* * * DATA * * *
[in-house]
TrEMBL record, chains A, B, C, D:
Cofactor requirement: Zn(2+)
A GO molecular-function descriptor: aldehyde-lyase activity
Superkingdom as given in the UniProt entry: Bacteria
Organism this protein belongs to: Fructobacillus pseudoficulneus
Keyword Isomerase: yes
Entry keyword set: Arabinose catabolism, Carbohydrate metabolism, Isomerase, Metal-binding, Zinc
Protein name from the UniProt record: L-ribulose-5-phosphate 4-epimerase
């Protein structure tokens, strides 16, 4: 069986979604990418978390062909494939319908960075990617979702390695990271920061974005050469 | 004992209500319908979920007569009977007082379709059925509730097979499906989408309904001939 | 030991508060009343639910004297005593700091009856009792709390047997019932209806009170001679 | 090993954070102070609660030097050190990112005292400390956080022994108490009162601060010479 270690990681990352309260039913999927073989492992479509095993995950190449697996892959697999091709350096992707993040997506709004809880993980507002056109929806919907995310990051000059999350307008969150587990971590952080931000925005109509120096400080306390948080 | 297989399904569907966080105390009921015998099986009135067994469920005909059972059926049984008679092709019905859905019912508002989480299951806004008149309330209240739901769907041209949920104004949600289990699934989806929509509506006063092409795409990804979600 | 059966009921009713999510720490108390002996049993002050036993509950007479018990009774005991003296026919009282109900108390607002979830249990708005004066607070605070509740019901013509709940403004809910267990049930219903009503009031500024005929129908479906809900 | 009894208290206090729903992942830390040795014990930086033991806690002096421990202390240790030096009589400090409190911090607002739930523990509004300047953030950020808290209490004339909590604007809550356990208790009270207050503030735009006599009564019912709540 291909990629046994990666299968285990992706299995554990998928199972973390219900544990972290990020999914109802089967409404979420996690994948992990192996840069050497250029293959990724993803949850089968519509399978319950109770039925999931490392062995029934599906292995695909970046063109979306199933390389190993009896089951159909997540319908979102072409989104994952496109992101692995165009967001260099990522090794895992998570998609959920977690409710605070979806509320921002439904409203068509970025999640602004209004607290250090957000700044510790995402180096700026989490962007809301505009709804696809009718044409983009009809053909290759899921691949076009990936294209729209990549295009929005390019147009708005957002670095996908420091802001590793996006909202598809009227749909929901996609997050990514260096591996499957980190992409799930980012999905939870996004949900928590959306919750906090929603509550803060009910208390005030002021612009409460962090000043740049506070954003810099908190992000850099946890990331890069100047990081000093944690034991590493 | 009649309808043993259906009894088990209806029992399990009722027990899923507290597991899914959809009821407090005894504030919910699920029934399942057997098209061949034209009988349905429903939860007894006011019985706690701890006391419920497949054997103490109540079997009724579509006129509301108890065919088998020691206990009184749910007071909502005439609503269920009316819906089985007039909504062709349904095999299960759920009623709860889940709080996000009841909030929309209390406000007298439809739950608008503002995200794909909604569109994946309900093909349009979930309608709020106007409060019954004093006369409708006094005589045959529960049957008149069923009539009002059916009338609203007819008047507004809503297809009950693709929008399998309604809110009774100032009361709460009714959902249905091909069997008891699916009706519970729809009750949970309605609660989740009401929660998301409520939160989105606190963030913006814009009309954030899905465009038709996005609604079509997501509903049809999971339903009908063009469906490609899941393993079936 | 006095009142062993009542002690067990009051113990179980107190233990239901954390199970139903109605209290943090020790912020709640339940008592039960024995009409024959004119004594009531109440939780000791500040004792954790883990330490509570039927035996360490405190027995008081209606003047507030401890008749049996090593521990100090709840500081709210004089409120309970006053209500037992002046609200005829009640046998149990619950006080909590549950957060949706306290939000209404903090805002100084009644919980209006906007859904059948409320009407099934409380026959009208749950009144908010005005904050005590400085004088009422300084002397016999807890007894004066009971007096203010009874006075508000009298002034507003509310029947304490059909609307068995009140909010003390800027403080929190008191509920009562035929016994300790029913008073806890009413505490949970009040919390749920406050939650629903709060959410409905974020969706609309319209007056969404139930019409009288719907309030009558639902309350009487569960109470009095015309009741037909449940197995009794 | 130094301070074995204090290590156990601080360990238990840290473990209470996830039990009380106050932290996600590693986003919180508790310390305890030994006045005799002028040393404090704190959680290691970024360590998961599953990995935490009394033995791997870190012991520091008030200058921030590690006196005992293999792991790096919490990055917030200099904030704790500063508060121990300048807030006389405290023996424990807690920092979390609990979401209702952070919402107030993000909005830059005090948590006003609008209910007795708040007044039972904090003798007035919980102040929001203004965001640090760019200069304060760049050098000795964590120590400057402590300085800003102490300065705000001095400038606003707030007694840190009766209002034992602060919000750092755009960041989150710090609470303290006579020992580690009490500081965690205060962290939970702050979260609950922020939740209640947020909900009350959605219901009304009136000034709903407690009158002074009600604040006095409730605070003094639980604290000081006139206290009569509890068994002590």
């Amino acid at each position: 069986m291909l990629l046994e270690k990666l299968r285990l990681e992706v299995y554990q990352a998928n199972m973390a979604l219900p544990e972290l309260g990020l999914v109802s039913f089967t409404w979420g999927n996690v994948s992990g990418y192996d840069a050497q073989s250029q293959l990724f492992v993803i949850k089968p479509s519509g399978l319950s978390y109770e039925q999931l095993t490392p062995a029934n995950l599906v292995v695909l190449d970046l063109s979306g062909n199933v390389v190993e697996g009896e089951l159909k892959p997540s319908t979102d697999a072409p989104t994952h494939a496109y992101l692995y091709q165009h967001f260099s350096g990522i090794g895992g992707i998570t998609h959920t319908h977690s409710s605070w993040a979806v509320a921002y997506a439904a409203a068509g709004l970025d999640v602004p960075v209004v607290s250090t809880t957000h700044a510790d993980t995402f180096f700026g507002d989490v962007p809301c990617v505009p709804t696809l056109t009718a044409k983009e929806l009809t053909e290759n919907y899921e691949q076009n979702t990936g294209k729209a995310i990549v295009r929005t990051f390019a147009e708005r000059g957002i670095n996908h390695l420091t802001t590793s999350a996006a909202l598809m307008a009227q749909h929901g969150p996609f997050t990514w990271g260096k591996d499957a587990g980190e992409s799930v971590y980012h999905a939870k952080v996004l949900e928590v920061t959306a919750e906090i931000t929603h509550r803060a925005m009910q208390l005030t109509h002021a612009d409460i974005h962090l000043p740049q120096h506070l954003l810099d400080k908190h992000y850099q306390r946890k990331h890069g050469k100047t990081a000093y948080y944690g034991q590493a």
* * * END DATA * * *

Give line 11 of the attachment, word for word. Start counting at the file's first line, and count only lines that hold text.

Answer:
């Amino acid at each position: 069986m291909l990629l046994e270690k990666l299968r285990l990681e992706v299995y554990q990352a998928n199972m973390a979604l219900p544990e972290l309260g990020l999914v109802s039913f089967t409404w979420g999927n996690v994948s992990g990418y192996d840069a050497q073989s250029q293959l990724f492992v993803i949850k089968p479509s519509g399978l319950s978390y109770e039925q999931l095993t490392p062995a029934n995950l599906v292995v695909l190449d970046l063109s979306g062909n199933v390389v190993e697996g009896e089951l159909k892959p997540s319908t979102d697999a072409p989104t994952h494939a496109y992101l692995y091709q165009h967001f260099s350096g990522i090794g895992g992707i998570t998609h959920t319908h977690s409710s605070w993040a979806v509320a921002y997506a439904a409203a068509g709004l970025d999640v602004p960075v209004v607290s250090t809880t957000h700044a510790d993980t995402f180096f700026g507002d989490v962007p809301c990617v505009p709804t696809l056109t009718a044409k983009e929806l009809t053909e290759n919907y899921e691949q076009n979702t990936g294209k729209a995310i990549v295009r929005t990051f390019a147009e708005r000059g957002i670095n996908h390695l420091t802001t590793s999350a996006a909202l598809m307008a009227q749909h929901g969150p996609f997050t990514w990271g260096k591996d499957a587990g980190e992409s799930v971590y980012h999905a939870k952080v996004l949900e928590v920061t959306a919750e906090i931000t929603h509550r803060a925005m009910q208390l005030t109509h002021a612009d409460i974005h962090l000043p740049q120096h506070l954003l810099d400080k908190h992000y850099q306390r946890k990331h890069g050469k100047t990081a000093y948080y944690g034991q590493a």